Glaucoma is the leading cause of irreversible blindness world-wide
Glaucoma is often nicknamed the ‘silent thief of sight’ because it has little to no obvious symptoms and vision loss progresses at such a gradual pace, it often goes unnoticed until it’s too late.
There are over 300,0001 Australians living with glaucoma and this disease can only be detected with a comprehensive eye examination. Glaucoma results in a slow painless loss of small areas in your side vision. These blind spots slowly enlarge to eliminate your peripheral vision so often people don’t notice a deterioration until the disease has taken hold.
Because of the slow and often unnoticed loss of side vision, glaucoma has been called the ‘silent thief of sight’.
Glaucoma comes in a variety of forms but is usually associated with a build-up of fluid pressure in the eye (known as intraocular pressure or IOP) that damages the optic nerve that links the eye to your brain. Your optic nerve transmits the signals received by the back of your eye (the retina), to your brain2. Glaucoma is a disease that affects the optic nerve, slowly destroying vision and eventually causing blindness. Sadly, there is no cure for glaucoma but it can be controlled and its progress stopped, or at least, slowed down. This is one of the reasons we recommend regular eye tests according to your eye health needs. Early detection means we can start treatment before too much vision has been lost.
If you have any of the above symptoms, book an eye test with your OPSM optometrist today*
Still Have some Questions?
We’ve answered 4 of our most commonly asked questions about Glaucoma and your eye health.
What are the Symptoms
Many people with the early stages of glaucoma have no idea at all, as the disease shows few symptoms and develops slowly. The first sign is usually a reduction in side (peripheral) vision. Later, vision becomes blurred and it becomes hard to adjust to low light conditions. If you experience any of these symptoms, make an appointment with your OPSM optometrist as soon as possible*.
Who is at Risk
Although anyone may develop glaucoma, some people have a higher risk - they are people who:
- Have a family history of glaucoma
- Are aged over 50
- Are of African or Asian descent
- Have diabetes
- Have myopia (nearsighted)
- Have been on a prolonged course of cortisone (steroid) medication
- Experience migraines
- Have had an eye operation or eye injury
- Who have a history or high or low blood pressure
What can OPSM do
With the right treatment, glaucoma can usually be controlled and further loss of sight either prevented or at least, slowed down. OPSM Optometrists can provide advice and appropriate referral for Glaucoma treatment. There are three main types of treatment:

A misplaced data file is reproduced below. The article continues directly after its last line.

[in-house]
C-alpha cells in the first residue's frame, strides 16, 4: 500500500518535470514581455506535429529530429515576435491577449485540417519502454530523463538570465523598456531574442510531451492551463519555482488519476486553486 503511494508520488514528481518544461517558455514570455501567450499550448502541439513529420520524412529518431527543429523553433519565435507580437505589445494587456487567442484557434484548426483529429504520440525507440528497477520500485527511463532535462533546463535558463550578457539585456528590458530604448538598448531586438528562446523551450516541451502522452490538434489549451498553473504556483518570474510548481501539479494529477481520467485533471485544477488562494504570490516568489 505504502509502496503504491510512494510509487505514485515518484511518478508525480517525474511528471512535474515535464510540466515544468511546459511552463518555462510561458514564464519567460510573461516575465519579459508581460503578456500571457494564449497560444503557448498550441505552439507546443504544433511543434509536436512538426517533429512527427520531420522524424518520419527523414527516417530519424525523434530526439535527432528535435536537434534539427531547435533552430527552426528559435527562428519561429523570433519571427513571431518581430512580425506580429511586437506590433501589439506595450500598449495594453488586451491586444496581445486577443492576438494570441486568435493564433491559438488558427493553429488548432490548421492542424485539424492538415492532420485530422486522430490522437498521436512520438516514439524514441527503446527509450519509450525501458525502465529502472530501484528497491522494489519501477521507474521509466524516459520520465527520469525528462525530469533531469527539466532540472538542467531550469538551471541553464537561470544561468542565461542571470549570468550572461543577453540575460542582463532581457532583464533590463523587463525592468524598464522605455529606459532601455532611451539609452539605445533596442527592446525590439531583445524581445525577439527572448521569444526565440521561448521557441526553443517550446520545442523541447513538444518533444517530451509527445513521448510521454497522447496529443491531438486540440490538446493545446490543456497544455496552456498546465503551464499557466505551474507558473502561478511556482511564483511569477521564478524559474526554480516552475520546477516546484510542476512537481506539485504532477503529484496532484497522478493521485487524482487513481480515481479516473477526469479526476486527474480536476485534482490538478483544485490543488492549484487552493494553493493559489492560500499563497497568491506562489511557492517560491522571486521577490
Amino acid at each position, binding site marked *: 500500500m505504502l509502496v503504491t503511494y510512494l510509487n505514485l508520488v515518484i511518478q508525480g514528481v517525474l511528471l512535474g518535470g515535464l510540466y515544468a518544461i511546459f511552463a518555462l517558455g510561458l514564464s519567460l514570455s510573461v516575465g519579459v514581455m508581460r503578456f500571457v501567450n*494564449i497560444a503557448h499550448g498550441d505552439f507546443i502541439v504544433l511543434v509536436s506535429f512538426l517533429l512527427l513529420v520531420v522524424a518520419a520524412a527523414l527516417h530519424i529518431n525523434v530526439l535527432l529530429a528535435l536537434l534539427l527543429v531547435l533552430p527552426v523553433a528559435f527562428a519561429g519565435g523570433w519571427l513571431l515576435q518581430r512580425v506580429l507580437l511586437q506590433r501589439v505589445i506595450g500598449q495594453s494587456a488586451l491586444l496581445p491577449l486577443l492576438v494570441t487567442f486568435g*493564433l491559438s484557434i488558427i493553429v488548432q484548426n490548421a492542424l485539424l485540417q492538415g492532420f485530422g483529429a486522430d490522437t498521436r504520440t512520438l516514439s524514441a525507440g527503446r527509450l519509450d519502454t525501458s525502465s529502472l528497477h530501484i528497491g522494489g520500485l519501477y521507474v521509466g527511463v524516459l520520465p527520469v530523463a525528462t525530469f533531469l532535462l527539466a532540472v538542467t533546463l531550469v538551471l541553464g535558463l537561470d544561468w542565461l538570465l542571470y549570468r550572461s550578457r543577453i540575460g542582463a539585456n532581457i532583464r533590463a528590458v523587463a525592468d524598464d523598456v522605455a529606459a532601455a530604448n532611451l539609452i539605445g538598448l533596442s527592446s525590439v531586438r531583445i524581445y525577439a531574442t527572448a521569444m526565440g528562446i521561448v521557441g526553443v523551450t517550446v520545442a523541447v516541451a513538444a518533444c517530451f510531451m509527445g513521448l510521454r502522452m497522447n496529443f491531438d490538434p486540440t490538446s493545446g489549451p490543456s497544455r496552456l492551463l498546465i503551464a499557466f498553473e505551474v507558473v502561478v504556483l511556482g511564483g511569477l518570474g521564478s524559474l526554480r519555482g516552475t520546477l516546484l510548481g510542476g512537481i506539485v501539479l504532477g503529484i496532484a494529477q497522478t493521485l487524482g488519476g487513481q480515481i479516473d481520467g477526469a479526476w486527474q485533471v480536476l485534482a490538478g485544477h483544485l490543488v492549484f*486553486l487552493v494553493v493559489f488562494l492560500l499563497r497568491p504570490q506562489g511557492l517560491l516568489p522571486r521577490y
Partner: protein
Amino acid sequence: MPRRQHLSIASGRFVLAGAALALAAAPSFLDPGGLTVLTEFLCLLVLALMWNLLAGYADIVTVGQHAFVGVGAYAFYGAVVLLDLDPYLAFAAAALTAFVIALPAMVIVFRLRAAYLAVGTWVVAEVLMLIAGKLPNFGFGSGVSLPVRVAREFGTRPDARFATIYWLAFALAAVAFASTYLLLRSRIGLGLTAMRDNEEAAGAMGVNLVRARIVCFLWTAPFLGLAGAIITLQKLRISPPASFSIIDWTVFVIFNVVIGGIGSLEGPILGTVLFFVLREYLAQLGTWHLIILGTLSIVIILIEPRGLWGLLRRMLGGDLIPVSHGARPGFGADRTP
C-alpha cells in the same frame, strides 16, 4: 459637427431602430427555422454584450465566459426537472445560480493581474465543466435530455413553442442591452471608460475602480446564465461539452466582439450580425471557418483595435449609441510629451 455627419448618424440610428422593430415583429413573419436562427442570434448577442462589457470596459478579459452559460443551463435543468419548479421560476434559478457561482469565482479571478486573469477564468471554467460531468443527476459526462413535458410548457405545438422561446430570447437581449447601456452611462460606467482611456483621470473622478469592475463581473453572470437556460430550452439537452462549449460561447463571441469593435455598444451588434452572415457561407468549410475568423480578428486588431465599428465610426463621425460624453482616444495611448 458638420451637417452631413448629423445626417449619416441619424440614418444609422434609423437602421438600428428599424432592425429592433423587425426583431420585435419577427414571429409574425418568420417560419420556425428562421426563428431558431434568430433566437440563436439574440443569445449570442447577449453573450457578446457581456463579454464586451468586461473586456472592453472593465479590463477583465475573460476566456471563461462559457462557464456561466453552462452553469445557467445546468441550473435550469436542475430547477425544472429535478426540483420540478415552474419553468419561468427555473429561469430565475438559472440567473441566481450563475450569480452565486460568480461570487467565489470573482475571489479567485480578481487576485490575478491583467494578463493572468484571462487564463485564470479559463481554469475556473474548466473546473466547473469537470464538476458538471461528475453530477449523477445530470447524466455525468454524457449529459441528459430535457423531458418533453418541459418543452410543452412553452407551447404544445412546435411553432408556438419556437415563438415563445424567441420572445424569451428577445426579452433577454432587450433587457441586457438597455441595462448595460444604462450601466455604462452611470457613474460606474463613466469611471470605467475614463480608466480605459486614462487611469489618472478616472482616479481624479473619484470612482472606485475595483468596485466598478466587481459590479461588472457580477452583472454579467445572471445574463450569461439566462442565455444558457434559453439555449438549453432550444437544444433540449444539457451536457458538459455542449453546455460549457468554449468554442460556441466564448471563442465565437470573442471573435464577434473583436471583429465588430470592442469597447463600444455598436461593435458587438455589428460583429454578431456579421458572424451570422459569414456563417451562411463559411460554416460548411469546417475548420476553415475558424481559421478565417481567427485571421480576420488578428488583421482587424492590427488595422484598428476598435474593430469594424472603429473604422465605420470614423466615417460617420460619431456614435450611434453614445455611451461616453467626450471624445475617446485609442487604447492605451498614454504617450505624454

Eye drops – This is the most common treatment designed to reduce the pressure in the eyes. The drops must be used as prescribed.
Laser surgery – This may be performed as an alternative to eye drops or if eye drops have not had the desired effect.
Surgery – In most cases this is performed after the other two options have failed to control the pressure in the eye. A new channel is created to allow fluid to leave the eye.
Sadly, the effects of glaucoma cannot be reversed and these treatments will not improve eye sight or repair vision. This is why early detection and treatment is so important.
What Types of Glaucoma Are there
Glaucoma comes in a variety of types. They include:
Open-angle glaucoma (OAG) – This is the most common type of glaucoma. OAG occurs when the pressure of the fluid that nourishes the inside of the front of the eye is too high, eventually damaging the optic nerve.
Angle-closure glaucoma (ACG) – This form of glaucoma is less common, with damage to the optic nerve being caused by sudden spikes in eye pressure due the fluid being blocked in the eye. It may be associated with pain and sudden blurring of vision.
Normal tension glaucoma – This occurs when there is progressive optic nerve damage and loss of peripheral vision, despite the eye pressures being within the normal range (or even below normal).
Secondary glaucoma – This can often develop as a result of other conditions such as eye injuries, cataracts, diabetes and inflammation of the eye, or the use of certain medications (particularly those containing steroids).
Congenital glaucoma – this rare form of glaucoma is present at birth, but is usually detected in infancy. It is caused by the improper development of the baby’s drainage channels.
Your OPSM optometrist will be happy to give you more details during your eye health check-up.
*OPSM recommends that you schedule regular visits with your optometrist based on your eye health needs.
1Glaucoma.org.au – https://glaucoma.org.au/
2 Fred Hollows Foundation - http://www.hollows.org.au/eye-health/eye-health/glaucoma